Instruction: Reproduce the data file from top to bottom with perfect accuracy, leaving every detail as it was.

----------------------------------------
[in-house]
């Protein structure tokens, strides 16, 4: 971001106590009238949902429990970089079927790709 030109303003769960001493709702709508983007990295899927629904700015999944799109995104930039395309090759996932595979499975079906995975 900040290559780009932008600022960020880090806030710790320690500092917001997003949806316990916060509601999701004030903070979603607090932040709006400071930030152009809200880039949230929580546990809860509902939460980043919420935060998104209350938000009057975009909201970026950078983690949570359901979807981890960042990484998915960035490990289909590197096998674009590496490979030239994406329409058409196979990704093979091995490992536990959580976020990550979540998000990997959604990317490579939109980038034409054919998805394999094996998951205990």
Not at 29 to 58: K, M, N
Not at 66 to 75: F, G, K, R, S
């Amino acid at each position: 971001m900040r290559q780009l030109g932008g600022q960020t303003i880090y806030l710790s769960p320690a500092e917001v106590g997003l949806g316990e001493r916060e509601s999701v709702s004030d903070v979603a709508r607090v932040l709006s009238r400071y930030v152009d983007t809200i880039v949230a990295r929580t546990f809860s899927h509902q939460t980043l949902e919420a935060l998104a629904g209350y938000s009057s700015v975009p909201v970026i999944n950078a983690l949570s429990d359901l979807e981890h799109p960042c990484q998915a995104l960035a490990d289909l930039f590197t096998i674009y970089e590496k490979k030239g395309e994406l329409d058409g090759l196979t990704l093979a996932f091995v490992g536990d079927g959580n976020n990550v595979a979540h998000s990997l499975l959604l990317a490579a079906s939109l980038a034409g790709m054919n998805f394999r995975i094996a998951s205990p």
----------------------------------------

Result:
[in-house]
């Protein structure tokens, strides 16, 4: 971001106590009238949902429990970089079927790709 030109303003769960001493709702709508983007990295899927629904700015999944799109995104930039395309090759996932595979499975079906995975 900040290559780009932008600022960020880090806030710790320690500092917001997003949806316990916060509601999701004030903070979603607090932040709006400071930030152009809200880039949230929580546990809860509902939460980043919420935060998104209350938000009057975009909201970026950078983690949570359901979807981890960042990484998915960035490990289909590197096998674009590496490979030239994406329409058409196979990704093979091995490992536990959580976020990550979540998000990997959604990317490579939109980038034409054919998805394999094996998951205990």
Not at 29 to 58: K, M, N
Not at 66 to 75: F, G, K, R, S
């Amino acid at each position: 971001m900040r290559q780009l030109g932008g600022q960020t303003i880090y806030l710790s769960p320690a500092e917001v106590g997003l949806g316990e001493r916060e509601s999701v709702s004030d903070v979603a709508r607090v932040l709006s009238r400071y930030v152009d983007t809200i880039v949230a990295r929580t546990f809860s899927h509902q939460t980043l949902e919420a935060l998104a629904g209350y938000s009057s700015v975009p909201v970026i999944n950078a983690l949570s429990d359901l979807e981890h799109p960042c990484q998915a995104l960035a490990d289909l930039f590197t096998i674009y970089e590496k490979k030239g395309e994406l329409d058409g090759l196979t990704l093979a996932f091995v490992g536990d079927g959580n976020n990550v595979a979540h998000s990997l499975l959604l990317a490579a079906s939109l980038a034409g790709m054919n998805f394999r995975i094996a998951s205990p």